Furthermore, following treatment of aqueous media to remove a guanidine compound, an additional inorganic or organic component which may optionally be present and which may be concurrently removed by methods of the present invention along with the guanidine compound may remain at a concentration in aqueous media of less than 50% of its initial concentration, or less than 30% of its initial concentration, or less than 25% of its initial concentration, or less than 20% of its initial concentration, or less than 15% of its initial concentration, or less than 10% of its initial concentration, depending upon such factors as the identity of the additional component, the type of treatment method, and the amount of adsorption agent.

In some embodiments of the invention a guanidine compound may optionally be recovered from the adsorption media. Any known means may be used for recovery. In some embodiments a guanidine compound may be at least partially recovered from a carbonaceous adsorbent by treating the adsorbent with a boiling aqueous solution. Optionally, a surfactant may be present in the aqueous solution to aid in recovery of the guanidine compound. In other embodiments a guanidine compound may be at least partially recovered from a carbonaceous or clay adsorbent by treating the adsorbent with an acidic media, particularly an aqueous acidic solution, optionally at elevated temperature and optionally containing a surfactant. Acidic solutions may be derived from either organic or inorganic acids.

In yet another embodiment a guanidine compound may be recovered from an aqueous media in which the guanidine compound has previously been concentrated through contact of the aqueous media with a nanofiltration membrane. Illustrative methods for recovering a guanidine compound from aqueous media include removal of water or adsorption of the guanidine compound on an adsorbent. Recovered guanidine compounds may be recycled and reused in chemical processes, illustrative examples of which include those described herein above. If necessary, a guanidine compound may be reactivated before reuse, such as by neutralization in the case of a protonated guanidine compound or by alkylation in the case of a dealkylated guanidine compound or by ion exchange in the case of a guanidinium compound. The carbonaceous and clay adsorbents and the nanofiltration membranes themselves may optionally be regenerated and optionally reused.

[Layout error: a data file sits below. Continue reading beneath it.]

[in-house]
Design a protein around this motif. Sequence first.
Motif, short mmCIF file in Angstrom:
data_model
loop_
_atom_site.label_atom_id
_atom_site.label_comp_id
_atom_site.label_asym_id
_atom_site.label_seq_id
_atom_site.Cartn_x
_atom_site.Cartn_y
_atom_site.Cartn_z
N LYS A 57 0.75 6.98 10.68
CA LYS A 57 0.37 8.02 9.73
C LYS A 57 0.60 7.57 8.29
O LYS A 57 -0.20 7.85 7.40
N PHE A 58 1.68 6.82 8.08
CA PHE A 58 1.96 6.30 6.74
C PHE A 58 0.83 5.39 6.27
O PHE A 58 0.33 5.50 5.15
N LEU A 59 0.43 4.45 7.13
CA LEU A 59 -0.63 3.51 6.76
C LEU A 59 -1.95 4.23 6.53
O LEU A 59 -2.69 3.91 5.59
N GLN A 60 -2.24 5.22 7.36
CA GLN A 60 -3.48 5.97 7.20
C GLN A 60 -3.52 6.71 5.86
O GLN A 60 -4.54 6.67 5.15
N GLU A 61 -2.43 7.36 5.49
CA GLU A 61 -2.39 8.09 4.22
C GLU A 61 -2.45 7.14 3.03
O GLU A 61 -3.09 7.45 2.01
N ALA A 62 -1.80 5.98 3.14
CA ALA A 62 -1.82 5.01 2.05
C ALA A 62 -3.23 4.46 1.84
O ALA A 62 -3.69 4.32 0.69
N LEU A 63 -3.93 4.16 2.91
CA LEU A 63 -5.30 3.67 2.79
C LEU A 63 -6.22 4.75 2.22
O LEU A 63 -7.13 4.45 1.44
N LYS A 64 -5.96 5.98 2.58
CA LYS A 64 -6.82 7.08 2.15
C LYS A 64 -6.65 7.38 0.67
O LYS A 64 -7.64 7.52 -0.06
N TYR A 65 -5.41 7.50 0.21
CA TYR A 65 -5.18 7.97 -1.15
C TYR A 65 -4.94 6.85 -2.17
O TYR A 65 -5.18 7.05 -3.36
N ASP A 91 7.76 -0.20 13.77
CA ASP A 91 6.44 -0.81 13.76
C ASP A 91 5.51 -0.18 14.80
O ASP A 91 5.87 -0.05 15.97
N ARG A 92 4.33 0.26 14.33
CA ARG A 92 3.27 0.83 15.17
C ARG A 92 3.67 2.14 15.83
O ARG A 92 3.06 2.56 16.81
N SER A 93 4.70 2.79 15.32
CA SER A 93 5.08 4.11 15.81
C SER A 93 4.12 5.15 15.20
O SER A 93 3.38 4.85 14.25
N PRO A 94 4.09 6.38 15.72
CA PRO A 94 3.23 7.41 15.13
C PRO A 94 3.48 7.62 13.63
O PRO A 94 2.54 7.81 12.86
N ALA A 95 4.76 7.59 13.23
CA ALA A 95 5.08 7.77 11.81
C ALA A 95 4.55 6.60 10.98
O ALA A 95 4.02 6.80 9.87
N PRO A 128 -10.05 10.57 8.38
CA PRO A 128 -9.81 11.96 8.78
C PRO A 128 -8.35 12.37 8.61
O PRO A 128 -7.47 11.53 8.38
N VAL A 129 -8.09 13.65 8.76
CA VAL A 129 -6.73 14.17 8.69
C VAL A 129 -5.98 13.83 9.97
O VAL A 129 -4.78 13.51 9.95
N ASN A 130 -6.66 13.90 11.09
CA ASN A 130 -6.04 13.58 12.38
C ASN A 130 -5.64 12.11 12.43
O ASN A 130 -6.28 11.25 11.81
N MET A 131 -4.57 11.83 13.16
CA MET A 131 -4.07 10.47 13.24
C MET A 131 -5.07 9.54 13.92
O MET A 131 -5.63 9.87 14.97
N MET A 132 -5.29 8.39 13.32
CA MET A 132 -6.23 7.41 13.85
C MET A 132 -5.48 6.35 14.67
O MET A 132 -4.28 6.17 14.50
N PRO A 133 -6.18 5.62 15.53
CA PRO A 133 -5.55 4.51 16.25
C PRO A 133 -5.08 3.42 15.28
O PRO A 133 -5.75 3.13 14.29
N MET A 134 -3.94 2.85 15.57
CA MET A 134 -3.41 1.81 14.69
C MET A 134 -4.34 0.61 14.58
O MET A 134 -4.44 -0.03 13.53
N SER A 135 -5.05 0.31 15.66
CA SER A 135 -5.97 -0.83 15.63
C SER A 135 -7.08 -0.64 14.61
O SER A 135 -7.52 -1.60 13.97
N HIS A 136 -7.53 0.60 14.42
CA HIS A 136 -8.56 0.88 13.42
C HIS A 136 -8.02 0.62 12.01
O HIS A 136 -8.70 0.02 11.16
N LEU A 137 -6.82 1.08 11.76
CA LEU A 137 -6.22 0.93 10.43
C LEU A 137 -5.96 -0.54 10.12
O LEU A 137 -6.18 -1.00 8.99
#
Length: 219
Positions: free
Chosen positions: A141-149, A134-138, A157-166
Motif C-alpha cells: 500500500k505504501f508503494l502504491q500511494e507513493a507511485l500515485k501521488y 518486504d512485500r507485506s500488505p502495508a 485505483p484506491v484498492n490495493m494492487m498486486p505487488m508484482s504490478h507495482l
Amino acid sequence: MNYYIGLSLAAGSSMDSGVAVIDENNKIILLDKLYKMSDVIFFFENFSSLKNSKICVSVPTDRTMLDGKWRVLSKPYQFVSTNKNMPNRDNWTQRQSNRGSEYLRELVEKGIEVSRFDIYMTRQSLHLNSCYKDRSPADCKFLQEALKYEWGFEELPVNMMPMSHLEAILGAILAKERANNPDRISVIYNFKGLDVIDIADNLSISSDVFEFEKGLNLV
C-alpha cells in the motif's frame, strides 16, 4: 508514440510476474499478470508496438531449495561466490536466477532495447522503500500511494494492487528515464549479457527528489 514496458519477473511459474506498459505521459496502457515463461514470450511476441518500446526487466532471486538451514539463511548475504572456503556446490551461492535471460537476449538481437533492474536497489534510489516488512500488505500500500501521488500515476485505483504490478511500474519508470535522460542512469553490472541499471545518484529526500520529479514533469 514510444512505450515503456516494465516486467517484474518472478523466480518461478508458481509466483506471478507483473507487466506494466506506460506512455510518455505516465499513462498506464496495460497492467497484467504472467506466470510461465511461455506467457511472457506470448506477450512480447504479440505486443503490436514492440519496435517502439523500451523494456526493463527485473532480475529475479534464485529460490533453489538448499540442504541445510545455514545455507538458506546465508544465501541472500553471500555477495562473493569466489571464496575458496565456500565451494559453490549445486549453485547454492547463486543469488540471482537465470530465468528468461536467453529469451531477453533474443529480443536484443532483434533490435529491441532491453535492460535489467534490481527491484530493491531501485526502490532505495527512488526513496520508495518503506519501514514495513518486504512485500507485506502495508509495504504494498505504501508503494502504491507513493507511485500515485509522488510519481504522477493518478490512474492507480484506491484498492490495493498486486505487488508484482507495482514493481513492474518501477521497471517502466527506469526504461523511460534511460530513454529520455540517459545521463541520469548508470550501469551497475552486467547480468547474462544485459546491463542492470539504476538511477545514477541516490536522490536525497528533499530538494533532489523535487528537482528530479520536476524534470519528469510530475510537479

Although the invention is illustrated by treatment of wastewater comprising at least one guanidine compound and optionally additional inorganic or organic components which may be at least partially water-soluble, it is to be understood that the method of the invention is also applicable for treatment of wastewater comprising said inorganic or organic components in the absence of at least one guanidine compound. In particular embodiments the method of the invention may be used to remove an imidization catalyst such as sodium phenylphosphinate or an organic component of a polymerization reaction, such as a monomer or end-capping agent or a reaction product thereof, illustrative examples of which include chlorophthalic acid. In other particular embodiments the method of the invention may be used to remove both an imidization catalyst such as sodium phenylphosphinate and an organic component of a polymerization reaction, such as a monomer or end-capping agent or a reaction product thereof, illustrative examples of which include chlorophthalic acid.

Without further elaboration, it is believed that one skilled in the art can, using the description herein, utilize the present invention to its fullest extent. The following examples are included to provide additional guidance to those skilled in the art in practicing the claimed invention. The examples provided are merely representative of the work that contributes to the teaching of the present application. Accordingly, these examples are not intended to limit the invention, as defined in the appended claims, in any manner. In the following examples HEGCl is an abbreviation for hexaethylguanidinium chloride and PEG is an abbreviation for pentaethylguanidine.

EXAMPLE 1

In the following examples Calgon CPG acid-washed granular carbon was pulverized using a cryo-grinder. The pulverized carbon was sieved and particles of less than 325 mesh were collected and dried at 150 C. for 4 hours for use in isotherm experiments. Said carbon is referred to hereinafter as sieved Calgon CPG carbon. Unless adjusted by the addition of acid or base, the pH of the wastewater samples was generally in a range of between about 3 and 5.

A wastewater sample comprised 3.2 wt. % sodium chloride, 348 miligrams per liter (mg/L) of HEGCl and 72 mg/L of PEG. Six wastewater samples (10 milliliters (ml) each) were individually treated with 50 mg. sieved Calgon CPG carbon and agitated for various periods of time at room temperature in a mechanical shaker. The samples were filtered and the filtrates were analyzed for concentration of HEGCl and PEG versus time. Values are given in Table 1. The data show the equilibrium is reach very quickly (less than about 5 minutes).

TABLE 1
Time (minutes) conc. HEGCl (mg/ml) conc. PEG (mg/ml)
0 0.35 0.07
5 0.04 0.01
10 0.04 0.01